Social Brands & The Information Currency: Myntra’s Faux Pas
Two months ago, I did an ecommerce shopping run to replenish my summer wardrobe. I checked out all the Indian sites I could find, with the most advertised ones at the top of the list. Of these, Myntra left me far from satisfied. Their courier was delayed, discourteous and told me ‘to keep exact cash ready as he didn’t have time’ and that I ‘would not be allowed to open the package before payment’. Suffice to say, I terminated that particular order.
I’ve continued to receive SMS alerts about sales, discounts and general reminders from Myntra ever since. Annoyed, I tweeted asking Myntra to stop since I had not bought from them and did not intend to, until they improved their courier systems. The response I received was the following:
“@ideasmithy Sorry about the inconvenience. Please confirm if XXXXXXXXXX is your contact number. We will get it off our SMS list very soon.”
Note that in the above tweet, the first, second, eighth, ninth and tenth digits were actually mentioned. I DM’ed them immediately asking them to take down the tweet. When I didn’t see a response immediately, I called the call center. The tweet has now been taken down.
I need to highlight this though. A mobile phone number is private. It is sensitive information, an intangible possession of its owner. Nobody has the right to make it public, except its owner. Brands, companies and other groups routinely collect people’s phone numbers at shops and in other ways such as forcing you to divulge it in order to register. This still does not give them the right to make your number public.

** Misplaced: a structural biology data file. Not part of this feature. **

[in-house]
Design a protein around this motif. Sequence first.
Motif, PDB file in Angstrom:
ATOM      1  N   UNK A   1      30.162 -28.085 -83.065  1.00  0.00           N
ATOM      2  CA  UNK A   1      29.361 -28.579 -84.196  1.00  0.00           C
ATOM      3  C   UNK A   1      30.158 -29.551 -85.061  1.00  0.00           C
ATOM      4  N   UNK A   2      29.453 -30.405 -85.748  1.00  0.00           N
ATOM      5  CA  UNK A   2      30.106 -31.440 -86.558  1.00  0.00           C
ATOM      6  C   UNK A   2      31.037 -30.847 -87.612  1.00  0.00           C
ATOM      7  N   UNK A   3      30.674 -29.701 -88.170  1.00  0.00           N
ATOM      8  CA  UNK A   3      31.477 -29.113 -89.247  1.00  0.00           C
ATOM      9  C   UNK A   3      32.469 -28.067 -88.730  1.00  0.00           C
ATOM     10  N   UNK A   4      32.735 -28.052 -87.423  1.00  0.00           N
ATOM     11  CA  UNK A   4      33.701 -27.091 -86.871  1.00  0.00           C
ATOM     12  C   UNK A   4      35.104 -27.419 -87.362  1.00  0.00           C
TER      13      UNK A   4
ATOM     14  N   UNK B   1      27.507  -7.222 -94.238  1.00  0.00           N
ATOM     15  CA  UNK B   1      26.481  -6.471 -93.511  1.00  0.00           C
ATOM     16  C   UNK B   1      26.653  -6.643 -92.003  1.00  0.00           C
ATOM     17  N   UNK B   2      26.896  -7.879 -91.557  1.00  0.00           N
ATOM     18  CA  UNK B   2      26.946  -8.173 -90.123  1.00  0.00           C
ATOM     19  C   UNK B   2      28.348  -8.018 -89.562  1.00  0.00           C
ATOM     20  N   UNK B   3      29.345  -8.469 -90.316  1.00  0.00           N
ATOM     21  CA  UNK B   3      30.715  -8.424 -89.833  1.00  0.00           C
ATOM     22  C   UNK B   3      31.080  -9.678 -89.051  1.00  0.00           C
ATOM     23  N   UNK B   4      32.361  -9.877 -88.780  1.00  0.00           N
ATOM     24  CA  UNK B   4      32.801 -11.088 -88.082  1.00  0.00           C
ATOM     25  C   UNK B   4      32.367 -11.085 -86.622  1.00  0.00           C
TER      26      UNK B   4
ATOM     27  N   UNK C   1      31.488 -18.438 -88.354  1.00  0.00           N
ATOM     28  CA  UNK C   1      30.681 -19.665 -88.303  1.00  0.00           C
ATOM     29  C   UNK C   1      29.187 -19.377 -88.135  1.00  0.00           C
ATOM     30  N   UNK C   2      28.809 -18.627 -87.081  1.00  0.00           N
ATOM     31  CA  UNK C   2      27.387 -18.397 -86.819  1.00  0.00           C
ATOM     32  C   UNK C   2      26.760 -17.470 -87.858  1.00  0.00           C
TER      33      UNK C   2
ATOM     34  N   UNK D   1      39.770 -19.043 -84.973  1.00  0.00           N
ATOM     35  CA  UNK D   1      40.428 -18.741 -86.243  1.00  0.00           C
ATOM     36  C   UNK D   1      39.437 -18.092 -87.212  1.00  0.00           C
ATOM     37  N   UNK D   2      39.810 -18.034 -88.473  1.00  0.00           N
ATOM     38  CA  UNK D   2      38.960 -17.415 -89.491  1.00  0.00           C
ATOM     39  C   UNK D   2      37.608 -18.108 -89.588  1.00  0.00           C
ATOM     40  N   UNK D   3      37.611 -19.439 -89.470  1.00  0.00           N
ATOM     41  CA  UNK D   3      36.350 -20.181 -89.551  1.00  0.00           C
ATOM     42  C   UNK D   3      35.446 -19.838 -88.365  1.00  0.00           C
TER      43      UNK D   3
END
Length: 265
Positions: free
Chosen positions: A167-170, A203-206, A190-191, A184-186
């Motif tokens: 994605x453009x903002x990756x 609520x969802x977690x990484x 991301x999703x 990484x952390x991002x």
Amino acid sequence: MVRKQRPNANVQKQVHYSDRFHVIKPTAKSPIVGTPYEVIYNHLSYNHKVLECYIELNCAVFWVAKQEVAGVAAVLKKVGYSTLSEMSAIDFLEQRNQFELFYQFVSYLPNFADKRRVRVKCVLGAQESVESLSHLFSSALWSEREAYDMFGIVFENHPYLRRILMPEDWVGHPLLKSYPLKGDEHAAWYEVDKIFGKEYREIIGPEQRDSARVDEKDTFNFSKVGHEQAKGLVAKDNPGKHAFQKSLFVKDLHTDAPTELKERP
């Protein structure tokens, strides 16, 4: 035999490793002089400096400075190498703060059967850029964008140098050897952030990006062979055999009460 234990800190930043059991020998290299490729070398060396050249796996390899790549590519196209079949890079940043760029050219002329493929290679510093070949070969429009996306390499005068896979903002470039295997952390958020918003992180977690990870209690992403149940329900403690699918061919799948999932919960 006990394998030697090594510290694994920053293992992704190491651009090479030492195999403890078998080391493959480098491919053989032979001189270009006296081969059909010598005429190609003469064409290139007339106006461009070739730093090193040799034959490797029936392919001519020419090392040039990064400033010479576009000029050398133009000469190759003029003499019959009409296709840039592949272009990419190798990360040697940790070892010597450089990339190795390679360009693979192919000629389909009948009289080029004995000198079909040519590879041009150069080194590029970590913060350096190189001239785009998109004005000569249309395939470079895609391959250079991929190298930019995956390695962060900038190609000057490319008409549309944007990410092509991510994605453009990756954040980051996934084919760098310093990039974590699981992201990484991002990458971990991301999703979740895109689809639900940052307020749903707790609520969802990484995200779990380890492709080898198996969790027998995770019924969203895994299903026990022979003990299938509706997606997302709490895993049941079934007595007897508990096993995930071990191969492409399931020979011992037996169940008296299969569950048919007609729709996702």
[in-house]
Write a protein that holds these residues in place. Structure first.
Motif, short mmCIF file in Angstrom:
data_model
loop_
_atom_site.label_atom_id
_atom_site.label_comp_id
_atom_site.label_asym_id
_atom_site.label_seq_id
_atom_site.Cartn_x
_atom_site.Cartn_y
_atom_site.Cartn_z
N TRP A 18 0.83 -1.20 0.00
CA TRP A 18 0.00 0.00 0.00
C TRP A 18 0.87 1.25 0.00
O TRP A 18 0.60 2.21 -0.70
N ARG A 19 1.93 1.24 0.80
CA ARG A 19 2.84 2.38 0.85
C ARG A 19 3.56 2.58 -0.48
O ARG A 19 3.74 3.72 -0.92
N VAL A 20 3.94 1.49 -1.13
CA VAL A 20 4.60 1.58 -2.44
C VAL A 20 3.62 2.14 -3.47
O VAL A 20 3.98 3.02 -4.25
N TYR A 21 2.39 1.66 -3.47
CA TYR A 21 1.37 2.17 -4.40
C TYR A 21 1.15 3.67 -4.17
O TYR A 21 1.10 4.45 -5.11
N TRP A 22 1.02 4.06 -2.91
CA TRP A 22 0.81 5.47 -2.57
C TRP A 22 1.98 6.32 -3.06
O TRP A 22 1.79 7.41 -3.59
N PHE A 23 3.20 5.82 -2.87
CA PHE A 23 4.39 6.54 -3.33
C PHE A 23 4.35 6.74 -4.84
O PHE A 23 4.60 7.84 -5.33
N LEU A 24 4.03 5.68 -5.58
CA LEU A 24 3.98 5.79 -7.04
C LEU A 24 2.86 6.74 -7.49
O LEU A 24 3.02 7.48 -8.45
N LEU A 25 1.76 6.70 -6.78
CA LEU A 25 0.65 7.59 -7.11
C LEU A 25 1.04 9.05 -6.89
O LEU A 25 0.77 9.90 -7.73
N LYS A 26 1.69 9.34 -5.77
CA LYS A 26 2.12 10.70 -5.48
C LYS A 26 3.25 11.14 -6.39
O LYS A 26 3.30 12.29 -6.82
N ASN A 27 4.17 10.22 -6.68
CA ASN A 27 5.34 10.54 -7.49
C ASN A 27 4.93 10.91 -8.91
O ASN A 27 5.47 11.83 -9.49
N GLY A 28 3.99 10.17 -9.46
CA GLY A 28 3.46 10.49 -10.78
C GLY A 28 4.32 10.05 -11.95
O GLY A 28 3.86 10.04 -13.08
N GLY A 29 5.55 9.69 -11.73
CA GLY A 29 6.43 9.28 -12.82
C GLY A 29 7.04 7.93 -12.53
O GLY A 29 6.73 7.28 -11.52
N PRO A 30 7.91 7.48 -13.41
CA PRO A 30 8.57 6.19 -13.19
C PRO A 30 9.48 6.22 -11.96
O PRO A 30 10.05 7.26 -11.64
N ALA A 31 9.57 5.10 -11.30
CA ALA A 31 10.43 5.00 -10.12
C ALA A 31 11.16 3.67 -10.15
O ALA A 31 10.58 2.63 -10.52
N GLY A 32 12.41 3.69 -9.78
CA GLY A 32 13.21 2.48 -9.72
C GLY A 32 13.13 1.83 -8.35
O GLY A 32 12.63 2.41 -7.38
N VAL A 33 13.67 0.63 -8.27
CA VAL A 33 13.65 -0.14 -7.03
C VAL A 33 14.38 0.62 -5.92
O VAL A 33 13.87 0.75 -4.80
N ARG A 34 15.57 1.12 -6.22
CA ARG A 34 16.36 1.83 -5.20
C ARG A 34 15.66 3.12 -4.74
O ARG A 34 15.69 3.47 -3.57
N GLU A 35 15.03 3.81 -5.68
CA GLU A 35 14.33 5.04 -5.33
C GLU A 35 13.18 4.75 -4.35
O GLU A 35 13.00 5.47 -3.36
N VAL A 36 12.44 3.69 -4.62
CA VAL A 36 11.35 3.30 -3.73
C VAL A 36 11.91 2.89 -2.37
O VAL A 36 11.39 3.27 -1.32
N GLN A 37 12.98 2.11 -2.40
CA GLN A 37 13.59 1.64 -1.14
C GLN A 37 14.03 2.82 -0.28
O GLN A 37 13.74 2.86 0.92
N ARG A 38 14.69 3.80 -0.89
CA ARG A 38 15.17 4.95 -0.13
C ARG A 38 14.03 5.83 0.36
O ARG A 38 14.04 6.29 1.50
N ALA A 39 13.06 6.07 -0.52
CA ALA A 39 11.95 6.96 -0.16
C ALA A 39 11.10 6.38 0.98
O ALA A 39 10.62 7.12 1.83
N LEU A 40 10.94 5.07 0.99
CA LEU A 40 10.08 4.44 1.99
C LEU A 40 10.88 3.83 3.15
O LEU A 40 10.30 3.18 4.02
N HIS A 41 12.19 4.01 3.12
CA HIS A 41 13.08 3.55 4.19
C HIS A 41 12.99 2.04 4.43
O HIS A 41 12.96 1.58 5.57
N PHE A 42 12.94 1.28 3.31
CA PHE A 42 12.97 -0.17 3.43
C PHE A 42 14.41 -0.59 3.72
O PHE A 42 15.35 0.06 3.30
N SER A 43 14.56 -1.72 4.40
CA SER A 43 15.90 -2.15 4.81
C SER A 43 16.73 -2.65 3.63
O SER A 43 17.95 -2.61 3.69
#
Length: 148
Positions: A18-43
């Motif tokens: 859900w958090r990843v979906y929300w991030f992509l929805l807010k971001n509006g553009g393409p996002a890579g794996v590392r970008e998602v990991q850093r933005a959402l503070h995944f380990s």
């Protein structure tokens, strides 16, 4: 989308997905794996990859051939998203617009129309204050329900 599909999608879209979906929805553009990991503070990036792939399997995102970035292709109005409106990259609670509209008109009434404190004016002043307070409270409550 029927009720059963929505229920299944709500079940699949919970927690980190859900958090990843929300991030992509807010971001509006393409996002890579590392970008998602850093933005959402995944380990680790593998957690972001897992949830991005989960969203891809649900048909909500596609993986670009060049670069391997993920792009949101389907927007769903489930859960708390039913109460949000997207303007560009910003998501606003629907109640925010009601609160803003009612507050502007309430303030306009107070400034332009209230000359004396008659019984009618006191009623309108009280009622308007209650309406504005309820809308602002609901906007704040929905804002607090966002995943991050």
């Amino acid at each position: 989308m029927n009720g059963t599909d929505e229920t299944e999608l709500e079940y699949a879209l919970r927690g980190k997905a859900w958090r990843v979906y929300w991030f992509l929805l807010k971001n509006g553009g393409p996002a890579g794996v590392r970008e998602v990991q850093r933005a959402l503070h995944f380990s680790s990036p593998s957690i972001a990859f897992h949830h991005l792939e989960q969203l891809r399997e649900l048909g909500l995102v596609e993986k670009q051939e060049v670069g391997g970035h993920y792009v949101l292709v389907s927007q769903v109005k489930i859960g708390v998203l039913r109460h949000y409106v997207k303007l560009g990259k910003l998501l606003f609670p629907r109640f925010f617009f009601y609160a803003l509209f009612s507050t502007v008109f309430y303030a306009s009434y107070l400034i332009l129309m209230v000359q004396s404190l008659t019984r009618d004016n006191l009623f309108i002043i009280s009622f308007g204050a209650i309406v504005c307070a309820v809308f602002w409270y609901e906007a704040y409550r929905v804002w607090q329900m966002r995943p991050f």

Myntra has my mobile number because it is required information to login to the site. The tweet contained 5 of the 10 digits in asterisks. I think this still constitutes a violation. I do not want any part of my private details shared. How has Myntra taken it upon itself to decide what is ‘okay’ and what isn’t?
I imagine that the tweet was posted in some kind of auto-response mode by someone who had not been trained to think about this. Would you trust your credit card details in the hands of someone like this? That’s sensitive information that is shared with the brand too.This may be one faux pas but I it’s a major breach. Would you trust a lock that was not secure? The tweet with my phone number has been taken down but it was in the public domain for at least 12 minutes. It’s knowledge, once shared it cannot be retrieved.
A social brand that doesn’t understand the concept of ‘private information’ is like a businessman who doesn’t know the currency that he deals in.